Saturday, October 17, 2009

Radeon HD 5770 and 5750 "Juniper" Jump In


The technology built into the Radeon HD 5870 is propagating to a second GPU in record time. AMD has just introduced a pair of graphics cards based on a new mid-range graphics processor code-named Juniper. Official name is the Radeon HD 5700 series.

Juniper turns out to be quite similar to the RV770 GPU that powers the prior-gen high-end Radeon HD 4800 series. Both Juniper and RV770 have 800 SPs, 10 texture units, four render back-ends, and a single rasterizer. But Juniper is a smaller chip intended for less expensive graphics cards, so it has only two 64-bit memory controllers or an aggregate 128-bit memory interface. Both Cypress and RV770 have 256-bit memory interfaces. Still, the use of higher-clocked GDDR5 memory in the Radeon HD 5700 series will at least help bridge the deficit versus the RV770.

Juniper varies from the RV770 in many other respects. The chip's hardware supports many capabilities exposed in new software APIs like DirectX 11, DirectCompute, and OpenCL 1.0. Don't forget it's manufactured by 40nm fabrication process.


Radeon HD 5770 comes with 10 SIMD engines, cranks away at 850MHz in the 5770, paired with a gig of memory clocked at 1.2GHz. That memory clock translates into a 4.8 GT/s data rate, since this is GDDR5 memory. Happily, Juniper has inherited Cypress's ability to conserve power at idle by dropping its GDDR5 memory into a low-power state. As a result, AMD rates the 5770's idle power at only 18W. Even under load, the 5770 is relatively tame, with a 108W max power rating.

Radeon HD 5750, the 5770's little brother has had one of its SIMD cores clipped, along with the corresponding texture unit. Clock speeds are de-tuned, too, with the GPU at 700MHz and memory at 1150MHz. Thanks to the changes, the 5750 tops out at 86W of power draw and is rated for just 16W at idle.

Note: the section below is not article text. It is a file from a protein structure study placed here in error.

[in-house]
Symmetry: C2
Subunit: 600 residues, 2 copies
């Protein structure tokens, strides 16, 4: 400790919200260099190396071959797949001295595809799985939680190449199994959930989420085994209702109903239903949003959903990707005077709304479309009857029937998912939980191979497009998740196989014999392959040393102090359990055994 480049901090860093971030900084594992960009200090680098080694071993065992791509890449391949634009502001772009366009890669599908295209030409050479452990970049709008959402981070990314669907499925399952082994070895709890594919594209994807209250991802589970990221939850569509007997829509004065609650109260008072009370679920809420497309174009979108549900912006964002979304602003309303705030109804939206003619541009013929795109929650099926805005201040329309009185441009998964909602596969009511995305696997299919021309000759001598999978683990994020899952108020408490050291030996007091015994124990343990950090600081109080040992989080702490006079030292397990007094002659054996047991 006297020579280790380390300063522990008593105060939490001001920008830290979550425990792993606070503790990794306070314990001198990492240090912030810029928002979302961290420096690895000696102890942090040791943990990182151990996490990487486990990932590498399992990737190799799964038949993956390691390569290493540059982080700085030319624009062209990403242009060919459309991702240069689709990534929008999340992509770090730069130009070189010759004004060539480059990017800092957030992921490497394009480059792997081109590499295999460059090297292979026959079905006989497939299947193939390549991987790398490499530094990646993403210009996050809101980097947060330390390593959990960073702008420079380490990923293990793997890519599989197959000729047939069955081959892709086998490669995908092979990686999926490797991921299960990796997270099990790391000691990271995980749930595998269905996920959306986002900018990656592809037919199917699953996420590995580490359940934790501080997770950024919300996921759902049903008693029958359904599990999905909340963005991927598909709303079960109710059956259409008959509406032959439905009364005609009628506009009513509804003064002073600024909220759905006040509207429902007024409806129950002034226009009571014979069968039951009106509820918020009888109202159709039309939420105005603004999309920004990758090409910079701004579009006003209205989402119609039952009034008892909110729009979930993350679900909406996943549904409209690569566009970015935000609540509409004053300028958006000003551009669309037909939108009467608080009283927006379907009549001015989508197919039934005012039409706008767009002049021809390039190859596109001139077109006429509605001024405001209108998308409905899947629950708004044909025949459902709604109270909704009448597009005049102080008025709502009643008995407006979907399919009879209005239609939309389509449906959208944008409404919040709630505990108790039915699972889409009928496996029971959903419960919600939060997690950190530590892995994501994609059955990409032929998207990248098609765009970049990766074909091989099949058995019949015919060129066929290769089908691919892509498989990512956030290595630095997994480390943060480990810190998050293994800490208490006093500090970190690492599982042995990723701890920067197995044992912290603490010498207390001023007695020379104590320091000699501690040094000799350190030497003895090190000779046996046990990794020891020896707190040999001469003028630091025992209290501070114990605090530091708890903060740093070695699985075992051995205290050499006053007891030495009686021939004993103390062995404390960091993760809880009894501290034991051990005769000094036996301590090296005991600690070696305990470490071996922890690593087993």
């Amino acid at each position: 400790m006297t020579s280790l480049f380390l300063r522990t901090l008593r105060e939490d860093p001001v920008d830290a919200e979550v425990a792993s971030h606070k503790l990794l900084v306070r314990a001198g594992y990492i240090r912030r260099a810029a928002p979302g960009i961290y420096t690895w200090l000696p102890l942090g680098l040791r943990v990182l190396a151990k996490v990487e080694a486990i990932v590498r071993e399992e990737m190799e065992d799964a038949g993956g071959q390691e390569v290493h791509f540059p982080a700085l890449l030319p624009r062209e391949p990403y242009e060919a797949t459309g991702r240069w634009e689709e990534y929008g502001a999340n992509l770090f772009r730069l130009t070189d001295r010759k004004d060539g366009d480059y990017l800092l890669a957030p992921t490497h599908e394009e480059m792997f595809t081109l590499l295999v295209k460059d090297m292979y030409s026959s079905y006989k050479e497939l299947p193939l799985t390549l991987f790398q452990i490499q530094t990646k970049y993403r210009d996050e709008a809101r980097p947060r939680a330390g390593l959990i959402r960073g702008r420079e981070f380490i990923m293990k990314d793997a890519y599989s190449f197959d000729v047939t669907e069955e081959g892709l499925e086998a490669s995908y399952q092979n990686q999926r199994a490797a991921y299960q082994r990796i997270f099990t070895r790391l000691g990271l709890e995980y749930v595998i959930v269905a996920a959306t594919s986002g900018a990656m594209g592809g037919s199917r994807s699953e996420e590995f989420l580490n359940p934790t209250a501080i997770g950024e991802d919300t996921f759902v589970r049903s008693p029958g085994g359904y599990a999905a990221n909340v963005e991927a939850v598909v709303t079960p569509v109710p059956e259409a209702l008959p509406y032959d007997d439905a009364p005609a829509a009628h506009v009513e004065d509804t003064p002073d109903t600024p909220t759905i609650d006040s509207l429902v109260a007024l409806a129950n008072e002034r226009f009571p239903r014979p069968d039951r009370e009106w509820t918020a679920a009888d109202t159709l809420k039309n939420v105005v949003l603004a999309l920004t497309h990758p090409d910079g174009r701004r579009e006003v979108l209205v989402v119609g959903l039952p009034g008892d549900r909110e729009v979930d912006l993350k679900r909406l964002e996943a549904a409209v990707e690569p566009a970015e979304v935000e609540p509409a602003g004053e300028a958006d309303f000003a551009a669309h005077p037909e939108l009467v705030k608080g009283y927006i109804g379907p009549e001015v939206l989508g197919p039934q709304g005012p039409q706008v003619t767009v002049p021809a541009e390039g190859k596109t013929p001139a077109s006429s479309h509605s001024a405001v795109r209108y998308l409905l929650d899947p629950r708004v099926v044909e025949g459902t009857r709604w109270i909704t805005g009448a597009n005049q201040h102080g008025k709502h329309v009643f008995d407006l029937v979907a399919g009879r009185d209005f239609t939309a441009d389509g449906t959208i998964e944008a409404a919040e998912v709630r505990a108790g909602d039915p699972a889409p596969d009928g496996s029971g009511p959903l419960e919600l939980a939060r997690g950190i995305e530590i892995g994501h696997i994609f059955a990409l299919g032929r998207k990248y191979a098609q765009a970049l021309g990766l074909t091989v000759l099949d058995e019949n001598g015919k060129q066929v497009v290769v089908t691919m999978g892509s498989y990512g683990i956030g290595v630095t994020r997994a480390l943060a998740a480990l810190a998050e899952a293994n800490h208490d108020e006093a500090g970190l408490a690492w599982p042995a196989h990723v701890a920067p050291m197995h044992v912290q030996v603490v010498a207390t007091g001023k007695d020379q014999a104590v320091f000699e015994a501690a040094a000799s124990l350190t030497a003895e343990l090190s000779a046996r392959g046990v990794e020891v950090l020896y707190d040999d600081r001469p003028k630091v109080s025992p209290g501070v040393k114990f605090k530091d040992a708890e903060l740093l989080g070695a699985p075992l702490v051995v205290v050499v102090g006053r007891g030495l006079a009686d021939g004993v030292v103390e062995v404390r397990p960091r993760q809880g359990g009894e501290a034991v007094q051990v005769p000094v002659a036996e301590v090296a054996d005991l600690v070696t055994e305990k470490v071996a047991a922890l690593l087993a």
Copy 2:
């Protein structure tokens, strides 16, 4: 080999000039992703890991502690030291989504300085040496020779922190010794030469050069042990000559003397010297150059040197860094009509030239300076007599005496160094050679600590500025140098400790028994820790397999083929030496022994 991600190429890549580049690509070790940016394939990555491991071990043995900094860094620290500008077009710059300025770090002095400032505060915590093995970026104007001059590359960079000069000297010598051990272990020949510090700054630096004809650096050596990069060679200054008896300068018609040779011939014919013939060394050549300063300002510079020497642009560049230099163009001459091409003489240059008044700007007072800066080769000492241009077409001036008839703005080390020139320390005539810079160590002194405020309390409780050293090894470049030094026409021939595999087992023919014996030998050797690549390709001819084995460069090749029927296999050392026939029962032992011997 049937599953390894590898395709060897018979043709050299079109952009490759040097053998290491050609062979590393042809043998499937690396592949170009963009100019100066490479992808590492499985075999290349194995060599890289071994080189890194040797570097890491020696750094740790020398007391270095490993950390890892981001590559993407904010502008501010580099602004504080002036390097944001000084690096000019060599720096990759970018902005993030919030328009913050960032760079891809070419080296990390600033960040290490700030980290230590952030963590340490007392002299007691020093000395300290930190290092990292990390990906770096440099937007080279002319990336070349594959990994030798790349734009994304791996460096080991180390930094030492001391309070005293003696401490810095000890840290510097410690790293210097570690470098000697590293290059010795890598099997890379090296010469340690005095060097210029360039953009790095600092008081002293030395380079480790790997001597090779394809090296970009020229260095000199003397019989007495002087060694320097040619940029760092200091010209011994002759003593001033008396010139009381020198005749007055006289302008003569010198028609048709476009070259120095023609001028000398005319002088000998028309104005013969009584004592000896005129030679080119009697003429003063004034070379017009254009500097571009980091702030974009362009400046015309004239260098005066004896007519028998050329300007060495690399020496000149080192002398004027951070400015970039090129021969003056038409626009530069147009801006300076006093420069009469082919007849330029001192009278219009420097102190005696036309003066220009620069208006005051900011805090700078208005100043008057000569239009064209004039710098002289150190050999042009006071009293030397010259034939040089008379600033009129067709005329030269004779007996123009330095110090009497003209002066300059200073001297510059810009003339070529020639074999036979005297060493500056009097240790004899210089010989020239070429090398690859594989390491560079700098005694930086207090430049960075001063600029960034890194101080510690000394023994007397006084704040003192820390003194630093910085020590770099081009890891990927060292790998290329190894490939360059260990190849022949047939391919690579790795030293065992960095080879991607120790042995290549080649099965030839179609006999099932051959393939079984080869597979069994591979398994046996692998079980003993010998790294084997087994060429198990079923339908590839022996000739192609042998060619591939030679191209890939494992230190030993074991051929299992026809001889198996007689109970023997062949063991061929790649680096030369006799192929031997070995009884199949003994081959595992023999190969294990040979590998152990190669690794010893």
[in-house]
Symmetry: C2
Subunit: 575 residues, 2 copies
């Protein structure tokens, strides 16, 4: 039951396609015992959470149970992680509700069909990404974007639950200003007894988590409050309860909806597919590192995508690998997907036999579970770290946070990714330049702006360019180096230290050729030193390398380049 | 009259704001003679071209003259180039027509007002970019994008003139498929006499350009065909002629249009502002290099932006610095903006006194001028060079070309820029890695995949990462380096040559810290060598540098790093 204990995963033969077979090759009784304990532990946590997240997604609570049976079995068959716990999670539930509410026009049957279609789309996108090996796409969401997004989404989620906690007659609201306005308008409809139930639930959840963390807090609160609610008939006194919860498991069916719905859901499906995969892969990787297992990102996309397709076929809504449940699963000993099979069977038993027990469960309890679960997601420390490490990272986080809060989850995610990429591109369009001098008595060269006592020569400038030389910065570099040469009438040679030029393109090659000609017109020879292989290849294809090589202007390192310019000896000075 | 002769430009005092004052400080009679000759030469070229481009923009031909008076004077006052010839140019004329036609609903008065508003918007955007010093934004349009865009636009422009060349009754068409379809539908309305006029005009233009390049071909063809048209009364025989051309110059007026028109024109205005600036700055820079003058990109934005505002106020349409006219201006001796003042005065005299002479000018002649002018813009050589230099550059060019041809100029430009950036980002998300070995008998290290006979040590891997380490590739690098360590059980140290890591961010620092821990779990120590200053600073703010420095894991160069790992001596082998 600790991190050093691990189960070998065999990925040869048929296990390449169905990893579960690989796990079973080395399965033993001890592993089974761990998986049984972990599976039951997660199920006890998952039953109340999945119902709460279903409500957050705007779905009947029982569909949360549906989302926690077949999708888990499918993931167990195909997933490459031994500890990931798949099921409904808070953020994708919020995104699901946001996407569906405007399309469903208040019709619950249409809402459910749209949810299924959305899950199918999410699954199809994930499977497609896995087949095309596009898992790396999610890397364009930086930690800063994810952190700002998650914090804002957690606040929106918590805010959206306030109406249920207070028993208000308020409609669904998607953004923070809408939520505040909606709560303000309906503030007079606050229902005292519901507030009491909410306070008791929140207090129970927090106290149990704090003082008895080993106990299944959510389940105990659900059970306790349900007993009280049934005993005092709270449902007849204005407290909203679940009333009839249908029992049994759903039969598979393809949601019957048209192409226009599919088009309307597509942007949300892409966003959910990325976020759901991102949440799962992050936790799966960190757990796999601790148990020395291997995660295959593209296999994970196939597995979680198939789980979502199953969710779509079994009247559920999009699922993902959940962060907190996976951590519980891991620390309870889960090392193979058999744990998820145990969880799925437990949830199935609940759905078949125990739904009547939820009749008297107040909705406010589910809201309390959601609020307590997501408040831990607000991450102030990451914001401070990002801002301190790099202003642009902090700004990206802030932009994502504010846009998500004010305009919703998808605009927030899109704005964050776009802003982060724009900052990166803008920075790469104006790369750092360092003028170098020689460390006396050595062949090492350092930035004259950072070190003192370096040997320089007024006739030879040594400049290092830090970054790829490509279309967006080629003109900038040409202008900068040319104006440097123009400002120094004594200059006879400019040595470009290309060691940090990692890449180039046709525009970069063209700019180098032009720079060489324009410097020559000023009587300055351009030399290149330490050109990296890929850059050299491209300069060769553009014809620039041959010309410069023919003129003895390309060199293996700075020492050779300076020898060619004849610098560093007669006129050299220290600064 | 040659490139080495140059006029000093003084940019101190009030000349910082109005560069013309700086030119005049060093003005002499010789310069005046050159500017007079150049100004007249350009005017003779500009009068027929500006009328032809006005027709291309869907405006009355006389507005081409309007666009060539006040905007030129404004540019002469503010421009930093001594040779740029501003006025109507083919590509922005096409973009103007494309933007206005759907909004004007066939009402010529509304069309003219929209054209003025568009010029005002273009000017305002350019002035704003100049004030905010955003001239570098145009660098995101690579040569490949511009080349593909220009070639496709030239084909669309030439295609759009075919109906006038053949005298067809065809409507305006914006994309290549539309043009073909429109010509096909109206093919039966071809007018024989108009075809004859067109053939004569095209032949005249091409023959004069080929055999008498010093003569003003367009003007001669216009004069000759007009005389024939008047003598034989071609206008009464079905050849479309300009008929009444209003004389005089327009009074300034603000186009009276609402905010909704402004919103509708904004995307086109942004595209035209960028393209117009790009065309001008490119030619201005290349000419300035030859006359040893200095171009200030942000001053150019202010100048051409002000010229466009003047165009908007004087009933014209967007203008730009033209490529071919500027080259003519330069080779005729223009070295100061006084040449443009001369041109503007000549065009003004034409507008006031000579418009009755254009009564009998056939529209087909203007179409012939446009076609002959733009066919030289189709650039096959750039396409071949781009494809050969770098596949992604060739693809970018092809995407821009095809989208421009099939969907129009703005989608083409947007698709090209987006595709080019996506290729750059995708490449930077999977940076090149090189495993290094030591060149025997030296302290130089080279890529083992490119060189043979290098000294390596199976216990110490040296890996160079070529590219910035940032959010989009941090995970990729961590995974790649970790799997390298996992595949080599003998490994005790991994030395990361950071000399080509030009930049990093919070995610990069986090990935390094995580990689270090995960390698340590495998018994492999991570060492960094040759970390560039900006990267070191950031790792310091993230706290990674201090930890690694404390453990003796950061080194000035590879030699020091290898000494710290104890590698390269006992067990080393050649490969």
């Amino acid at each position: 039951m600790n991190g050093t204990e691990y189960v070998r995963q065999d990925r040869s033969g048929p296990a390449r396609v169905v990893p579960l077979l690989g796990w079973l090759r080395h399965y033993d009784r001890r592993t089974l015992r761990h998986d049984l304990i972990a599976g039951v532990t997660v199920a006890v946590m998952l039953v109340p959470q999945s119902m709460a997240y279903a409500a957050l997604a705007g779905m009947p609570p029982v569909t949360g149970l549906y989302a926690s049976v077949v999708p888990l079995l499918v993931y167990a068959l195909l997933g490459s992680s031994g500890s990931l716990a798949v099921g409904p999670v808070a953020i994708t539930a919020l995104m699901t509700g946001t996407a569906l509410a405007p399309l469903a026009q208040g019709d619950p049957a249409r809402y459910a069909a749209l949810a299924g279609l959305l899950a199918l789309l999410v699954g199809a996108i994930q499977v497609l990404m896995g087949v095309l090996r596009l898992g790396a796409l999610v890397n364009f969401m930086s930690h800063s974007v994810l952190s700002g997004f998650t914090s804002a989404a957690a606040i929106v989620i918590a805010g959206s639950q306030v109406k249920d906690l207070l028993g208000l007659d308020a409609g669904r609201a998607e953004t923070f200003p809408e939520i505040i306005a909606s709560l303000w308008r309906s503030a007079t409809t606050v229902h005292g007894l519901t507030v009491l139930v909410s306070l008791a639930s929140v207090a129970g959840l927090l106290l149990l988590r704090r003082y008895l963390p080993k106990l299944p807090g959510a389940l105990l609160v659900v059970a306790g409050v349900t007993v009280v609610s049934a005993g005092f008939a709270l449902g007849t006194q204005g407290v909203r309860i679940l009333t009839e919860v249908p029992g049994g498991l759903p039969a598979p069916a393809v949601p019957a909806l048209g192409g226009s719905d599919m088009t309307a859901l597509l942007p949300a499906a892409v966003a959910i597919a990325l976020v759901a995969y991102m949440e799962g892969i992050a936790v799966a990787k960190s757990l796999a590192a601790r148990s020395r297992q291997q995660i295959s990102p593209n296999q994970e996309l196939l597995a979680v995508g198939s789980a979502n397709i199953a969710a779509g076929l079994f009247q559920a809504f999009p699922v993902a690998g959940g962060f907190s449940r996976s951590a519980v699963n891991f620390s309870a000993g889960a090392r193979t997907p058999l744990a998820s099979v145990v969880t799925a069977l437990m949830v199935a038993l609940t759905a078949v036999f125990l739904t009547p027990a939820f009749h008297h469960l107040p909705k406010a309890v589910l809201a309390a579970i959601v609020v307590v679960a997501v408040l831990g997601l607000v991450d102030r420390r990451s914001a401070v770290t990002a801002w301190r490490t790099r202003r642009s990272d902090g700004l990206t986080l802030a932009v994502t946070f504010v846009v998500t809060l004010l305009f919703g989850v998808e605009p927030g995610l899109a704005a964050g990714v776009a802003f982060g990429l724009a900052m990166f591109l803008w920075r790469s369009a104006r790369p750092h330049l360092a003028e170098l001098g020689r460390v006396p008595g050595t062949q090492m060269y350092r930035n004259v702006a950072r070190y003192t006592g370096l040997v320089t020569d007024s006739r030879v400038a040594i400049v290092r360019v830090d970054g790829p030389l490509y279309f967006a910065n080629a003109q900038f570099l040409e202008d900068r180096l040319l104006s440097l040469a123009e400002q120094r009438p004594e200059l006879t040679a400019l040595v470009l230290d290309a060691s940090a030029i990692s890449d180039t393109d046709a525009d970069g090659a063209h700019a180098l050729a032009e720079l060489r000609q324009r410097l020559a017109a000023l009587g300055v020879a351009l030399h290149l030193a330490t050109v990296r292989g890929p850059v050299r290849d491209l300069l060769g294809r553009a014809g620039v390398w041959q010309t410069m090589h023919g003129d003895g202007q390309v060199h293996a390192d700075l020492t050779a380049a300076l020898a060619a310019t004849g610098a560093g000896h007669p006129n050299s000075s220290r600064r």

Another limitation of the 5700 series will be the number of cards supported in CrossFire multi-GPU configurations. Although the cards have dual CrossFire connectors up top, AMD plans to limit them to dual-GPU configs only. Going beyond that will mean moving up to the 5800 series.

The initial suggested e-tail price for the Radeon HD 5770 is $159. The Radeon HD 4870 1GB can be had right now for a prevailing price of about $150 at online retailers. That decision puts the Radeon HD 5770 in more or less direct competition with the GeForce GTX 260, too. Prevailing prices online for the GTX 260 are about $165.

Meanwhile, the 1GB variant of the 5750 will list for $129, where it will have to contend with the Radeon HD 4850 1GB (~$120 prevailing price) and the GeForce GTS 250 1GB (~$140, with some rebates available). Over time, Radeon board makers should begin shipping a 512MB version of the 5750, as well, for around $109.

Game Developers Share Their Thoughts on DirectX 11:


Check out this YouTube video from DiRT 2 showing some of the features that Codemasters incorporated from DirectX 11, creating an incredibly realistic gaming experience:



In this video showcase some of the amazing game-enhancing features that DirectX 11 will bring to the PC version of DiRT 2. The DirectX 11 effects featured in this video are Cloth Tessellation, Hardware Instanced Tessellated Crowd, Tessellated Water with Dynamic Displacement Mapping, Enhanced Lighting and Post Processing. Together these effects make DiRT 2 for Games for Windows Live the most intense, visceral racing game you will have experienced.

More readings here:
Tech Report
AMDZone Review on Sapphire Radeon HD 5770 & 5750
AnandTech
PC Perspective

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